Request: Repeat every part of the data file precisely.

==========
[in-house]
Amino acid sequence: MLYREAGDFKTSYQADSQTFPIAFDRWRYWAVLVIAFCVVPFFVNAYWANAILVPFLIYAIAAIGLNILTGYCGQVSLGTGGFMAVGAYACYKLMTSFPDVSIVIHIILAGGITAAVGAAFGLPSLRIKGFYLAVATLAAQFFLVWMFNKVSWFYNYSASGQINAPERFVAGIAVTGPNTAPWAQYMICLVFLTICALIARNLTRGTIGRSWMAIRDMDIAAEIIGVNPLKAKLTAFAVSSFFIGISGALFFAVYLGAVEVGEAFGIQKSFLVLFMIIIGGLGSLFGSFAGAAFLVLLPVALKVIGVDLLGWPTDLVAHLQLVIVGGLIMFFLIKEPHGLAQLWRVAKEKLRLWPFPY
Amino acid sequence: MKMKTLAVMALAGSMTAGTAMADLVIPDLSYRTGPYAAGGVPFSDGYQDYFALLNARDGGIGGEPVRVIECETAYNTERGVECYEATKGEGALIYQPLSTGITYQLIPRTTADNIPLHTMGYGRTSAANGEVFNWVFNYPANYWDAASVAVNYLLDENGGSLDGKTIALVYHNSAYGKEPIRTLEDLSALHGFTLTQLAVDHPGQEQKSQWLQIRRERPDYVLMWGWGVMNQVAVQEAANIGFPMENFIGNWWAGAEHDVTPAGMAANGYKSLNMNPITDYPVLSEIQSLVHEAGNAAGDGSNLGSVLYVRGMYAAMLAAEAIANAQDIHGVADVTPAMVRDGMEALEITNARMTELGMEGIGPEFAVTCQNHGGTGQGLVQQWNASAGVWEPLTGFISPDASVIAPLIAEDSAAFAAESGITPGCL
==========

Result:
[in-house]
Amino acid sequence: MLYREAGDFKTSYQADSQTFPIAFDRWRYWAVLVIAFCVVPFFVNAYWANAILVPFLIYAIAAIGLNILTGYCGQVSLGTGGFMAVGAYACYKLMTSFPDVSIVIHIILAGGITAAVGAAFGLPSLRIKGFYLAVATLAAQFFLVWMFNKVSWFYNYSASGQINAPERFVAGIAVTGPNTAPWAQYMICLVFLTICALIARNLTRGTIGRSWMAIRDMDIAAEIIGVNPLKAKLTAFAVSSFFIGISGALFFAVYLGAVEVGEAFGIQKSFLVLFMIIIGGLGSLFGSFAGAAFLVLLPVALKVIGVDLLGWPTDLVAHLQLVIVGGLIMFFLIKEPHGLAQLWRVAKEKLRLWPFPY
Amino acid sequence: MKMKTLAVMALAGSMTAGTAMADLVIPDLSYRTGPYAAGGVPFSDGYQDYFALLNARDGGIGGEPVRVIECETAYNTERGVECYEATKGEGALIYQPLSTGITYQLIPRTTADNIPLHTMGYGRTSAANGEVFNWVFNYPANYWDAASVAVNYLLDENGGSLDGKTIALVYHNSAYGKEPIRTLEDLSALHGFTLTQLAVDHPGQEQKSQWLQIRRERPDYVLMWGWGVMNQVAVQEAANIGFPMENFIGNWWAGAEHDVTPAGMAANGYKSLNMNPITDYPVLSEIQSLVHEAGNAAGDGSNLGSVLYVRGMYAAMLAAEAIANAQDIHGVADVTPAMVRDGMEALEITNARMTELGMEGIGPEFAVTCQNHGGTGQGLVQQWNASAGVWEPLTGFISPDASVIAPLIAEDSAAFAAESGITPGCL